Well, Eric, that $930 million guidance reflects really the full year impact of the Gila and Xtend acquisition. One of the things I will remind you is that the Xtend acquisition happened in – towards the latter end of October, October 22 I believe. And so as a result, you’re going to picking up close to a full year’s operating expense load for Xtend Healthcare and to a certain extent you’re going to see an increase in expenses for Gila also. So if you were to -- like I said, if you were to strip out the two -- the expense impact from the two companies, we expect to see a 6% reduction in operating expenses year-over-year.
So, next year, it's really the elevated -- or maybe just say that you don't have any cost savings on a net basis because you have further investments in those two businesses. And I guess what kind of revenues are we seeing on the other side of that?
Well, on the other side of that, as we noted during my comments, our full year non-federal student loan related asset recovery revenues increased by $70 million from 2014 to ’15, and most of that increase really came from the impact of Xtend and Gila.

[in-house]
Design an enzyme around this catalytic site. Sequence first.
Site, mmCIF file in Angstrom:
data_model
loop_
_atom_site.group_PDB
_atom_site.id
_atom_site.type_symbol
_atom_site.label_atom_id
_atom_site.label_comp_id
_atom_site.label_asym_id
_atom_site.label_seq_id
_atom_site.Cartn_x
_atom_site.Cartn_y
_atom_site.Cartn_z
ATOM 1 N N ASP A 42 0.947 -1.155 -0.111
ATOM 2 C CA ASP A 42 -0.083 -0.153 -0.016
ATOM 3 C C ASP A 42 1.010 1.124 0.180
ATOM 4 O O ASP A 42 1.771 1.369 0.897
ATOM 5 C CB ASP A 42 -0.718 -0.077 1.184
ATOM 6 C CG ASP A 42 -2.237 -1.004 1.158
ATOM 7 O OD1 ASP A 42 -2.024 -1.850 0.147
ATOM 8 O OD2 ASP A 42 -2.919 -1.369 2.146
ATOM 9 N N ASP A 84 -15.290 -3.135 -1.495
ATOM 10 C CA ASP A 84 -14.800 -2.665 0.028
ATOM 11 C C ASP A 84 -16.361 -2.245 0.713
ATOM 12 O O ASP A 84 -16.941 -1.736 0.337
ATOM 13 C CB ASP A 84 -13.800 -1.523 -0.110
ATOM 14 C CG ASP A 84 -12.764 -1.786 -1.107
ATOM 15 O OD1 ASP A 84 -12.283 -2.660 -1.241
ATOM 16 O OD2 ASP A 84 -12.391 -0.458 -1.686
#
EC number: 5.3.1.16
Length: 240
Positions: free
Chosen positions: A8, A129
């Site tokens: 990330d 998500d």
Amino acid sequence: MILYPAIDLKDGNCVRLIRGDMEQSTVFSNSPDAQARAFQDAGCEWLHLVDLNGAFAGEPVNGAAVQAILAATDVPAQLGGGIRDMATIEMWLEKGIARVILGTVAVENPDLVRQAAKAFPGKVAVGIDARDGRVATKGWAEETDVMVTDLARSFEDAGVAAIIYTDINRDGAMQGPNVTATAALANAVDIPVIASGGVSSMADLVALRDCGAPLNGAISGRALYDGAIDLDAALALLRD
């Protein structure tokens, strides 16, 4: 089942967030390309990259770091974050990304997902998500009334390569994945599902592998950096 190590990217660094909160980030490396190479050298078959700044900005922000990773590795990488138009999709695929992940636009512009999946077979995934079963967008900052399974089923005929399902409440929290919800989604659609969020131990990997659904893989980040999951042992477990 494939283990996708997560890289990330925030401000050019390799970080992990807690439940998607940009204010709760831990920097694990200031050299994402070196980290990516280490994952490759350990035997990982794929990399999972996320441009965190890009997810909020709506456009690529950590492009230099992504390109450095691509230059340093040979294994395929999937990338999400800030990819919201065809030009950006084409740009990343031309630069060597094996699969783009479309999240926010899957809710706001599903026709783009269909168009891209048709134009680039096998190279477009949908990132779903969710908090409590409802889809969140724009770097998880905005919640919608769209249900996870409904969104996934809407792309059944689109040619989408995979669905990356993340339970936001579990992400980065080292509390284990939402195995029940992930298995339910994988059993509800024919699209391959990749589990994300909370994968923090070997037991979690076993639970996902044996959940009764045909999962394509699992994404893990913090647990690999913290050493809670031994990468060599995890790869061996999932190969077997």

And I guess the guidance for $620 million to $630 million of the business services revenue, is there a way to think about how much of that is from student loans and how much is from the non-student loan business?
Just a clarification that, that guidance is – that range is $620 million to $650 million. And then just as a frame of reference, our non-federal student loan asset recovery revenue was $118 million in 2015 and we expect that to grow fairly aggressively given the fact that we've got a full year of Gila and Xtend that we’re going to incorporate.
And do you have any clarity at this point in terms of the new allocation model that the Department of Education will be using on the servicing side?
No, not yet. They have not issued their numbers yet for the first six months of the year.
[Operator Instructions] Our next question comes from the line of Mark Hammond from Bank of America.
Thanks for taking my questions. I have two or three here. You mentioned a plan to meet unsecured debt maturities. By my numbers, you don't have to come back to market in 2016. So, would you share some details of that plan you mentioned to explain why you'd be back in the market on the unsecured side in 2016?